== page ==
“I was shot three times in two thousand and …” he starts to explain.
“When was I shot?” he calls out to his wife who, now dry, is swinging in a nearby hammock.
“24 January 2019,” she responds without hesitation.
Adrian was not involved with gangs. His crime was having an honest job on the street and the personal items that come with employment: a mobile phone, a bike and some cash. He was selling lottery tickets and the attackers wanted his belongings – it was as simple as that, he says.
Ernesto is a 30-year-old Cuban medic who divides his time between the Global Response Management medical clinic in the camp and the local hospital in Matamoros. He is a trained gynaecologist but is equally happy practising general medicine.
He sits in the shaded waiting area by the camp’s clinic during a moment of downtime between patients. Other nurses, translators and volunteers buzz around as he talks about his life in Matamoros.
Ernesto has not applied for asylum in the US. Instead, he says he is waiting for a time when migrants will be allowed in. “Now is not a favourable time for migrants. I’m going to stay here until they sort this huge migratory problem.” There are many in the camp who think that the US will apply a policy of blanket rejection to anyone still waiting for asylum when the courts reopen after the pandemic.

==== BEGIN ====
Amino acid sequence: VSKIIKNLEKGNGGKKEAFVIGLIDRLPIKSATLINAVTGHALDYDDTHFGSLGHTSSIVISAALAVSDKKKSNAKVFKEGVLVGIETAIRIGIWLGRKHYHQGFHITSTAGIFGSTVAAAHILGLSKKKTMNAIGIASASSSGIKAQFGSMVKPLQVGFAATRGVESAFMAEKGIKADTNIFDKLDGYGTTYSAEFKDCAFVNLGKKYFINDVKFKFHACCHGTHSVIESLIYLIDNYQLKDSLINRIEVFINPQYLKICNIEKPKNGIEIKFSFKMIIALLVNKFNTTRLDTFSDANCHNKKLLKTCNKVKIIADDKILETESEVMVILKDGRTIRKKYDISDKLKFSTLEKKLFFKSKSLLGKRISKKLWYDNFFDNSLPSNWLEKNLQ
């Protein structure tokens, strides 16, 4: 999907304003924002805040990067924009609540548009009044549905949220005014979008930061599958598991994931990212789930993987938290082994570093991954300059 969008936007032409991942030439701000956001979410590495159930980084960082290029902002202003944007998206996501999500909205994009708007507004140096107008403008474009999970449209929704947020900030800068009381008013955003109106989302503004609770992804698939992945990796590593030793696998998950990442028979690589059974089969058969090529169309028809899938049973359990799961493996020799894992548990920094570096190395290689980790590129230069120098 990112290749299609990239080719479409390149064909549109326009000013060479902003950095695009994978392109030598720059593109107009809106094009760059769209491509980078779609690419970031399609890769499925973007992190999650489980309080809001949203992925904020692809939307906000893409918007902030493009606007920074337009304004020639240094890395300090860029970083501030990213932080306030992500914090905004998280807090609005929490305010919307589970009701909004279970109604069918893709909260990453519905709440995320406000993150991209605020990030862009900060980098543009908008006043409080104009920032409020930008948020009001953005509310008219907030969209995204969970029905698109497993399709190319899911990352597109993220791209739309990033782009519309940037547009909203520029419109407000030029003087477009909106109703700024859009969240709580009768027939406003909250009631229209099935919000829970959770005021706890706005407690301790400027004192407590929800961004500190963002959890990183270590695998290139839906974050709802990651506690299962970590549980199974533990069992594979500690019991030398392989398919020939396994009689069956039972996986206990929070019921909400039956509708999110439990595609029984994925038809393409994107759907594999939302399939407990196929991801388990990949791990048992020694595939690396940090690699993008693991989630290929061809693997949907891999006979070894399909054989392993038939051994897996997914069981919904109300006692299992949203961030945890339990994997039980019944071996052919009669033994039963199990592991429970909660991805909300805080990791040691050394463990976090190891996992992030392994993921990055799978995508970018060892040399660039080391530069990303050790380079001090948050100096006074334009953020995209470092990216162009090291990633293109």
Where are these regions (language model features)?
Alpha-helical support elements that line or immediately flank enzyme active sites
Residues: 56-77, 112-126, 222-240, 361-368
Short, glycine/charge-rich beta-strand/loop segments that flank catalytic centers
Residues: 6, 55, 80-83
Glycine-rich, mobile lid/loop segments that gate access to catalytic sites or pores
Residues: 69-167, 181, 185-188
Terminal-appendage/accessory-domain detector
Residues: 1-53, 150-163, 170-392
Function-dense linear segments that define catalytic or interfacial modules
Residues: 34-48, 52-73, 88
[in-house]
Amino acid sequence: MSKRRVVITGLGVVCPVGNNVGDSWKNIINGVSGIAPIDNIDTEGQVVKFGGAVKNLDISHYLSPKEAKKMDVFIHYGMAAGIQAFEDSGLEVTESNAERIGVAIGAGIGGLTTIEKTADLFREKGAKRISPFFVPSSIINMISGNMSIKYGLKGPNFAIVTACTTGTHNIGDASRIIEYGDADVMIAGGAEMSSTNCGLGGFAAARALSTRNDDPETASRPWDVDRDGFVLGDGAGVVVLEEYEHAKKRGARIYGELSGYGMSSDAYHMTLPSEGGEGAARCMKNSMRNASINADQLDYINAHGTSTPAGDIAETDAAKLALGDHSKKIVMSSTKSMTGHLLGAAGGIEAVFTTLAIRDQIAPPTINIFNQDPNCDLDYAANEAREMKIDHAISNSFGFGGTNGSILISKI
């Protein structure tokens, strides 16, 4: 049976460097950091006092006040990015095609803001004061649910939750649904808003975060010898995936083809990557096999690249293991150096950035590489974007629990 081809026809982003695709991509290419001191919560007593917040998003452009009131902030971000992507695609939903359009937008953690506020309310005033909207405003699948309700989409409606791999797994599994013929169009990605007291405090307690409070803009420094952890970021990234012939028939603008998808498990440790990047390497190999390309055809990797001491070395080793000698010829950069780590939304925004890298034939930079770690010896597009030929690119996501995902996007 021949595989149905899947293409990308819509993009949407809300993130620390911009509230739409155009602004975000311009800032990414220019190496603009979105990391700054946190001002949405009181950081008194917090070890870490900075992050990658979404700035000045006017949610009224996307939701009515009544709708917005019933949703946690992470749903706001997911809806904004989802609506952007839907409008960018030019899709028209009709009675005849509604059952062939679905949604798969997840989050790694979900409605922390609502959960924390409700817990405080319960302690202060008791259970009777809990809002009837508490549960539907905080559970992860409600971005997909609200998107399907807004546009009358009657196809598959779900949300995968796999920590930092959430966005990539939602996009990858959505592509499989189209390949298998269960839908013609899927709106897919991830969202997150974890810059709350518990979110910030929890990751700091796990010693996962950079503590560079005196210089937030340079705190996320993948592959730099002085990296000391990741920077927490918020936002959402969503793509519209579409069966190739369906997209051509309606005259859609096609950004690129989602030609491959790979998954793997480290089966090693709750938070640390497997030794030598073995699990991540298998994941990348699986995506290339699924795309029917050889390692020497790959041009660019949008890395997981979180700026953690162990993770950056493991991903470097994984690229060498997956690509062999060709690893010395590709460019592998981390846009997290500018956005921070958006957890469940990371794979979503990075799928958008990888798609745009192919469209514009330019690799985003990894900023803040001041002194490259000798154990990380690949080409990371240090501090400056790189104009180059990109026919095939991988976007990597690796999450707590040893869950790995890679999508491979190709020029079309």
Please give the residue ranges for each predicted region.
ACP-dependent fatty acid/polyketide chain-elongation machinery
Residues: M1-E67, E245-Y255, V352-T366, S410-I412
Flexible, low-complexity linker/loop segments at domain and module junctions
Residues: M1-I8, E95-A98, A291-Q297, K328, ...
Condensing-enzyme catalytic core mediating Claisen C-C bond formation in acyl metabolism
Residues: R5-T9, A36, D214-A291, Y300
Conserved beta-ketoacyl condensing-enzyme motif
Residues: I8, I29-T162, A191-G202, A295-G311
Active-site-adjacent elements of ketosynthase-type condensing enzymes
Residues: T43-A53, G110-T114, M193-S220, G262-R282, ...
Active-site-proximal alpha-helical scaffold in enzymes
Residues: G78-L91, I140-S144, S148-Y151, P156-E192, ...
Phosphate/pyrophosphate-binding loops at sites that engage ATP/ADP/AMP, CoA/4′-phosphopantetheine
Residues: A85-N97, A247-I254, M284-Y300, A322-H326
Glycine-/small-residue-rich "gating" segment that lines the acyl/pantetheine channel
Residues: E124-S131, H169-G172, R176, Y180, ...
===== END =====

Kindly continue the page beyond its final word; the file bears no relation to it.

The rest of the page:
Ernesto is one of the luckier ones. He only visits the camp for his shifts in the clinic. He has found two jobs, lives in an apartment, and is still able to visit Cuba.
While the security situation in Cuba is not like that of other Central American countries, Ernesto describes a state that subjects its citizens to technological surveillance and psychological control.
“In Cuba, we don’t live in the real world,” he says. “The world that we learn isn’t real. When you leave, it hits you because you have been living in a fantasy, an ideology that isn’t real. And when you leave and notice the lie, it shocks you.”
“When I got to Mexico, I saw a protest. I thought it was fantastic that people were able to freely protest on the streets.”
Ernesto says he cannot tell people at home about the “outside world”.
“They see everything you write, everything you say,” he says of the Cuban authorities.
“If you go back to Cuba, as soon as you get off the plane, it comes back to you,” he adds.
The stress etched on to his face begins to disappear as he discusses the Cuban support system in Matamoros. It is stronger than anything he has experienced before, he explains.
“I have built friendships that will outlast this place,” he says. “We’ll be friends forever.”